The clash of Australia's mining and drinking cultures

IT IS well recognised that Australia has a strong drinking culture, with just over 80% of the Australian population stating that they consume alcohol.
The clash of Australia's mining and drinking cultures The clash of Australia's mining and drinking cultures The clash of Australia's mining and drinking cultures The clash of Australia's mining and drinking cultures The clash of Australia's mining and drinking cultures


For the majority, mixing alcohol and work is reserved for Christmas parties but there is unfortunately a percentage of the population who, either knowingly or unknowingly, go to work with an elevated blood alcohol level, or even a drug reading. And this is when things get dangerous on minesites.
A recent poll conducted by the Australian Drug Foundation across a range of industries found that one in five workers had performed work duties while under the influence of alcohol.
Alcohol and other drugs cost Australian businesses $A6 billion a year in lost productivity and absenteeism, with alcohol use contributing to 5% of all Australian workplace deaths and 11% of accidents.
At a Safety in Action exhibition panel discussion on the issue in Perth last week, Australian Drug Foundation workplace services head Phillip Collins said one of the problems with the way drugs and alcohol were managed was the lack of consistent legislative requirements for companies.
"The problem with Australia from a policy standpoint is that there are no set legislative requirements for drugs and alcohol," Collins explained.
"There are certainly organisations that provide guidance but there are no minimum requirements.
"It is something that we really want to push forward on - better guidance in this space - because it not only has a financial impact on business but it has a personal impact on the individuals, like what happened last month at the Tropicana mine."
Collins was referring to two employees at AngloGold Ashanti's Tropicana mine in Western Australia allegedly being involved in an alcohol-fuelled off-shift fight at the mine's village on May 19, after which one worker passed away, with the reported suicide of a second participant taking place in Perth earlier this month.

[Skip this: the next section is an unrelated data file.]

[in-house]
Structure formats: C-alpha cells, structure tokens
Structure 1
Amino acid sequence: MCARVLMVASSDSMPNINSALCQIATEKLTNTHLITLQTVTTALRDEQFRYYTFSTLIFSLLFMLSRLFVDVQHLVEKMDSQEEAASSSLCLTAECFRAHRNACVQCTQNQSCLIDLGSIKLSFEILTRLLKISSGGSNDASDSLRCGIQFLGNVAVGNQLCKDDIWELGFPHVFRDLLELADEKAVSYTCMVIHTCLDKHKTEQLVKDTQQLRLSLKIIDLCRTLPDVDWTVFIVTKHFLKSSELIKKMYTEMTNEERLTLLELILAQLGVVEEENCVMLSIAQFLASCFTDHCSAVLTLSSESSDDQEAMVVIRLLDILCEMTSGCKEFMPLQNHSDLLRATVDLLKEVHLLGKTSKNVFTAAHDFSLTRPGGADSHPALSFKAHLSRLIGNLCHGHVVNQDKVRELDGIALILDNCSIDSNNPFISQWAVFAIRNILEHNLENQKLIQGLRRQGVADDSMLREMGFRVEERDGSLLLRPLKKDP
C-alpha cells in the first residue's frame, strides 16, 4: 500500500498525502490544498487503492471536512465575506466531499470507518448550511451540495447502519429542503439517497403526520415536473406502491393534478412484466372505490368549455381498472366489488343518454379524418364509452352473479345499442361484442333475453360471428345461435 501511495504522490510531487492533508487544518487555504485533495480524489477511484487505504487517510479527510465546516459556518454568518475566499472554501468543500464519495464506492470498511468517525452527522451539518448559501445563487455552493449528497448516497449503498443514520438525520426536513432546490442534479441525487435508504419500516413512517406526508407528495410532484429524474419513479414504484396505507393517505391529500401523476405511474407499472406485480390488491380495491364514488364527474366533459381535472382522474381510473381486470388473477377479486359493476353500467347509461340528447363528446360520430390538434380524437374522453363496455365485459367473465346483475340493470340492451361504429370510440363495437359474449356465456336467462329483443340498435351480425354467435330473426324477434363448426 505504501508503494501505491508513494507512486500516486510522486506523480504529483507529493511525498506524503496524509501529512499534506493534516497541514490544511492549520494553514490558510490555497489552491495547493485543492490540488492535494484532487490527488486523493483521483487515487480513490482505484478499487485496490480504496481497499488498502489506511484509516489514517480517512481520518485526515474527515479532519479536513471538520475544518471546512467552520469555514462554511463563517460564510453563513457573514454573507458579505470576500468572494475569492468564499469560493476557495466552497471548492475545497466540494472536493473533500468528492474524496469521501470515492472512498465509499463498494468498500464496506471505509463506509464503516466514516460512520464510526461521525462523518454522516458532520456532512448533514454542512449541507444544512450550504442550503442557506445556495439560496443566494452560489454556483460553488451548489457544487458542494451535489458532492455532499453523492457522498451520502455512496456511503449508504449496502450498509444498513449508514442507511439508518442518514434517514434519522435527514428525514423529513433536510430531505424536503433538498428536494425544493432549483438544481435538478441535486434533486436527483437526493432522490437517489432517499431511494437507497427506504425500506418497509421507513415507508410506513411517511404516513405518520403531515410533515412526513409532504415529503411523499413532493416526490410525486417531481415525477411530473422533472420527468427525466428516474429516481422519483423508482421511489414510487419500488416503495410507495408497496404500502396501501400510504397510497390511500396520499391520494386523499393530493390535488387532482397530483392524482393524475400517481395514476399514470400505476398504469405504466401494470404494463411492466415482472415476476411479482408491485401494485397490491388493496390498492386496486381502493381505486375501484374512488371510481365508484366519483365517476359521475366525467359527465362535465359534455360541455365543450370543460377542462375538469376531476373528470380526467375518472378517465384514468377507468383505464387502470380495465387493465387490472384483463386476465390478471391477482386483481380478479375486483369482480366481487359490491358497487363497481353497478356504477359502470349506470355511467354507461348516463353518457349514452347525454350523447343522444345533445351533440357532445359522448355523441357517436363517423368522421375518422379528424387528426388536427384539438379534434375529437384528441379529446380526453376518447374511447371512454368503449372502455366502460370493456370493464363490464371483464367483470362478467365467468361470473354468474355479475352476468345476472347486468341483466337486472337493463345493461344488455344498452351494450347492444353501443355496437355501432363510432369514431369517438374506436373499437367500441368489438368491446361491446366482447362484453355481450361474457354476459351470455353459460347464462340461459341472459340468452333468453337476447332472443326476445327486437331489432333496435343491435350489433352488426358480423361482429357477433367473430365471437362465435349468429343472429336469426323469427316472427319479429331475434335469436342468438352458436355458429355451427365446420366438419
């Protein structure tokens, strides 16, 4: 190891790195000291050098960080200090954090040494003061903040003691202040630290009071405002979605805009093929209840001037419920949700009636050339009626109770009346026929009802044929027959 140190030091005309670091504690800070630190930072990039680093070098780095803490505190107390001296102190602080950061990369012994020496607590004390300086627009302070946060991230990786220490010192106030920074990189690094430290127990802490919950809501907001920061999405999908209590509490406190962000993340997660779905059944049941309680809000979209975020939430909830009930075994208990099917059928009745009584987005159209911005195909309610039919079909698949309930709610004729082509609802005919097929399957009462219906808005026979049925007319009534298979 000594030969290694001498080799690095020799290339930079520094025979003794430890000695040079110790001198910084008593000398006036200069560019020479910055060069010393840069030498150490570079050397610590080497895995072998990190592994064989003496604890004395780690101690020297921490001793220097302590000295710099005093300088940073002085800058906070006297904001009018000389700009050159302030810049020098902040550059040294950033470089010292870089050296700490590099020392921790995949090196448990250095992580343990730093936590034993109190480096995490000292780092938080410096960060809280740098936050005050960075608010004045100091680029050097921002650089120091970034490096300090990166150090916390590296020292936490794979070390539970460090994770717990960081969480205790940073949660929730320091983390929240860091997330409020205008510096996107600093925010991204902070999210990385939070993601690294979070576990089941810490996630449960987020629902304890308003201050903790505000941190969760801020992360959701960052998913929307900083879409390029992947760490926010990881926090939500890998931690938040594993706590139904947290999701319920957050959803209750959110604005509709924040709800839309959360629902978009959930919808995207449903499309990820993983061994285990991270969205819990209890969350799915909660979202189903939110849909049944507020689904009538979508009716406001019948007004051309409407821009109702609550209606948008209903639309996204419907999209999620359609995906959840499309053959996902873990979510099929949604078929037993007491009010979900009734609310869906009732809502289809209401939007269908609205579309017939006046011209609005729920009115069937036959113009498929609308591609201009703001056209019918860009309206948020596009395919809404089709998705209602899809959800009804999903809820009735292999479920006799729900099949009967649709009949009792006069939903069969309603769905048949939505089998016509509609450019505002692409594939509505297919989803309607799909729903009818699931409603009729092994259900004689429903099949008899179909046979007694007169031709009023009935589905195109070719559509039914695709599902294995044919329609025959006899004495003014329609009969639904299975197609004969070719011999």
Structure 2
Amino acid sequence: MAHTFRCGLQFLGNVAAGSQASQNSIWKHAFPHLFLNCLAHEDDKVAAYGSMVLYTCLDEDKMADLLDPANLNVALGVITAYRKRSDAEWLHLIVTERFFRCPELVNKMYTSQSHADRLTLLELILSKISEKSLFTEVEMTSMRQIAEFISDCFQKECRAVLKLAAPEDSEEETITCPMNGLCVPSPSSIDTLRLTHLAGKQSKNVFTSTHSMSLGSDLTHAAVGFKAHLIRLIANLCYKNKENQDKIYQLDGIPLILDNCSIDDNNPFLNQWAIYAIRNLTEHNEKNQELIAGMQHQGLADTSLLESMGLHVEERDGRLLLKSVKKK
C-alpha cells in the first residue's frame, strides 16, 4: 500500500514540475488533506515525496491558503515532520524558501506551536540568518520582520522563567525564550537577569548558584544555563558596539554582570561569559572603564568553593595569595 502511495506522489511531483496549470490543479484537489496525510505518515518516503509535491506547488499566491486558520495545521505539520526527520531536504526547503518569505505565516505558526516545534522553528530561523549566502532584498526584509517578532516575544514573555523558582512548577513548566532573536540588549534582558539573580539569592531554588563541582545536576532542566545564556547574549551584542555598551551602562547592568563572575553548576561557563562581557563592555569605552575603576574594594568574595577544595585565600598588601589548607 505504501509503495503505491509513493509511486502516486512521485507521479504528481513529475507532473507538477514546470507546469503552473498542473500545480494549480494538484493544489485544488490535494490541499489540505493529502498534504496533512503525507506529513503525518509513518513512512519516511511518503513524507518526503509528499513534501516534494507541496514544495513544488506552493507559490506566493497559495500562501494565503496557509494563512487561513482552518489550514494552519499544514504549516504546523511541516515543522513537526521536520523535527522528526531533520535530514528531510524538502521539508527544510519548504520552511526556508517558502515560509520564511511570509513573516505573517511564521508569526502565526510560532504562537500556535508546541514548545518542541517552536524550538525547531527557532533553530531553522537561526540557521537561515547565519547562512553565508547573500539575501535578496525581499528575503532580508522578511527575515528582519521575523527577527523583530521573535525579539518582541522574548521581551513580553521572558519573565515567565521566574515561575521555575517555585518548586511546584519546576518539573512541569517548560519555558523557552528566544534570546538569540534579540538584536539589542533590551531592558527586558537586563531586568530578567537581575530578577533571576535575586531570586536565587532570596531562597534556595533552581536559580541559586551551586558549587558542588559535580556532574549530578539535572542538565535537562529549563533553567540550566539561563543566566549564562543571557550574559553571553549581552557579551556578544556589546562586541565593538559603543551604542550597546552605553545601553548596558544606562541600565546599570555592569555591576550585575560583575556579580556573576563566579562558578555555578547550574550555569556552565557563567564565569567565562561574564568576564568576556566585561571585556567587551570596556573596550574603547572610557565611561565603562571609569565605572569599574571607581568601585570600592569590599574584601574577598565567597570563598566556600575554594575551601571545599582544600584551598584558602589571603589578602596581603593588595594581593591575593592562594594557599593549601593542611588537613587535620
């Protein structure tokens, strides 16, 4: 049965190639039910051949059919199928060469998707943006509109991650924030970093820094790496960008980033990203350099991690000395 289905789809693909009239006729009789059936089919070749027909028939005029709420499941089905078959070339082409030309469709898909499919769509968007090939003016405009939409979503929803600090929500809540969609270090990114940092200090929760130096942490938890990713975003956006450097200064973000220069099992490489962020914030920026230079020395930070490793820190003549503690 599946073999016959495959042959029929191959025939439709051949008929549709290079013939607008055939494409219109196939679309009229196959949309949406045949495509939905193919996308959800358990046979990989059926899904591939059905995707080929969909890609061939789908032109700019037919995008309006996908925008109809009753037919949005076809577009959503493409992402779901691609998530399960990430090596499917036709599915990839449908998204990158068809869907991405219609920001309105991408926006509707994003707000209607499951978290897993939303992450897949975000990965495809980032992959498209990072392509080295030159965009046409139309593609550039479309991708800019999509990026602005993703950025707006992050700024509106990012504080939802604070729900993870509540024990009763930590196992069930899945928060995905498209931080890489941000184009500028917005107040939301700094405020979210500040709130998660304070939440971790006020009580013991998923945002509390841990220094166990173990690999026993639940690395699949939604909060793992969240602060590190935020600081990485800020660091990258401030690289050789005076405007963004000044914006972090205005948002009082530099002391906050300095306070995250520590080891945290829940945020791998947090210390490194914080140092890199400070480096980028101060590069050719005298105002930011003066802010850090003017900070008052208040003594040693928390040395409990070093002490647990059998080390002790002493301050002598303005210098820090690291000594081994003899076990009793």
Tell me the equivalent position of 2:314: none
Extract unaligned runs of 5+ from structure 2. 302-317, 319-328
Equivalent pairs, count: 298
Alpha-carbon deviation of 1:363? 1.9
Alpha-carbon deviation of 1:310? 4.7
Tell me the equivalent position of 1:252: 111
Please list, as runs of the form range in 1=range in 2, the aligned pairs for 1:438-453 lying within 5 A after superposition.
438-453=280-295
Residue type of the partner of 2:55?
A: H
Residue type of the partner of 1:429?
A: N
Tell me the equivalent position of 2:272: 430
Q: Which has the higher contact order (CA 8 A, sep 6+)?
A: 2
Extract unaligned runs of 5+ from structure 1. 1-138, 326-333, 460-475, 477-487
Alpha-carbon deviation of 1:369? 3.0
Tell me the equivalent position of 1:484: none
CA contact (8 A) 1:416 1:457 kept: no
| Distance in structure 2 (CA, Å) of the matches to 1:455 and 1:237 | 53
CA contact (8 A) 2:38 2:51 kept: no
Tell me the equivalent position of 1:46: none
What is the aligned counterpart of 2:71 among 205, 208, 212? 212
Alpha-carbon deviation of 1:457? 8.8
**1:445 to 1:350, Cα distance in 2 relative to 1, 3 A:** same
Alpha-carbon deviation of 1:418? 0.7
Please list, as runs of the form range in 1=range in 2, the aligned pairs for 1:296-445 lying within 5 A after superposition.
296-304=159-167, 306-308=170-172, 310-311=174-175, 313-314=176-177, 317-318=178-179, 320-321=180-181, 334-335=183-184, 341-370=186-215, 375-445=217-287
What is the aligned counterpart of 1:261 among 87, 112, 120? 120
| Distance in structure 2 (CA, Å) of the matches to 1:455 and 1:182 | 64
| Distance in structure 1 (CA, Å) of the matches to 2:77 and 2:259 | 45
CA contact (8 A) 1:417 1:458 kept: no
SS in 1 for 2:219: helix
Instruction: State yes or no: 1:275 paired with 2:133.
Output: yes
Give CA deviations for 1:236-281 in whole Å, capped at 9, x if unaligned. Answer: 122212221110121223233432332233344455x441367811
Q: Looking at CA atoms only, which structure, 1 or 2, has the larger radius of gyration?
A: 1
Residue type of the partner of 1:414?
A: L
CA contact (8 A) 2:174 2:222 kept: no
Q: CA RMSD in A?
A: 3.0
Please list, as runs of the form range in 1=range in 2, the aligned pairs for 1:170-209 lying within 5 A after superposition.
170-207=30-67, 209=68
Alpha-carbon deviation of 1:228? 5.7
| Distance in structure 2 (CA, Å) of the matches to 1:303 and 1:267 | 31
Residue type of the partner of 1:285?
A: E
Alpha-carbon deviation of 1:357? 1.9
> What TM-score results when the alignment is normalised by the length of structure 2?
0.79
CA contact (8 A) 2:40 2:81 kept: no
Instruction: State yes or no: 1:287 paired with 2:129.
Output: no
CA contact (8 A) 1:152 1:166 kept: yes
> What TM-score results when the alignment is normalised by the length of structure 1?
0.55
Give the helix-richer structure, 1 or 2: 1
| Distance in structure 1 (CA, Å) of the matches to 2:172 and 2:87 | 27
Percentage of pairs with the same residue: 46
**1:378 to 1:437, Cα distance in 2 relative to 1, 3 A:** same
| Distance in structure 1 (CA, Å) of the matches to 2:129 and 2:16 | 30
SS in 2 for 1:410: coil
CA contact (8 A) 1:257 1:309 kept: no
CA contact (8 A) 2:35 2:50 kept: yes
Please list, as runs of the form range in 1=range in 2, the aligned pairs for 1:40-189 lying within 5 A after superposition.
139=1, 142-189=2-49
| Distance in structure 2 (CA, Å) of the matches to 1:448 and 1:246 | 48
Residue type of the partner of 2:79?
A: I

"There needs to be a lot more energy put into this space because at the moment it is really up to the individual company, their culture and how they want to address it. And each company is different," Collins continued.
According to the WA Drug and Alcohol Office senior workforce development officer Leigh Cleary, who was also on the panel, Australian drinking culture is frequently protected and not provided the serious attention that it requires.
"Alcohol is a protected species - this is enculturated stuff," he said.
Cleary said many workplaces he had dealt with in WA didn't adequately manage alcohol and drug issues.
"They usually have this very broad statement, generally about a paragraph long, stating that they don't accept the consumption, supply or sale of drugs or alcohol in the workplace," Cleary said.
"This, in my opinion, is not an adequate policy or procedure."
Questions on appropriate testing methods, drugs commonly found in screens within the mining and construction industries, as well as legal and privacy issues with testing were also discussed in detail.
The panel also included representatives from companies that supply onsite testing equipment, including Rapid Test director Matthew Fry, who was able to provide some statistics about the mining industry's drug and alcohol use.
Fry said while drug use existed within the industry, other industries such as hospitality reported much higher levels or drug use - likely, he said, due to widespread and consistent testing onsite discouraging use.
However, the use of synthetic drugs, such as Kronic - a synthetic marijuana, has increased in popularity in recent years as many successfully circumvent testing systems.
The outlawing of synthetic drugs had been seen to act as a deterrent and Collins said testing was gradually improving.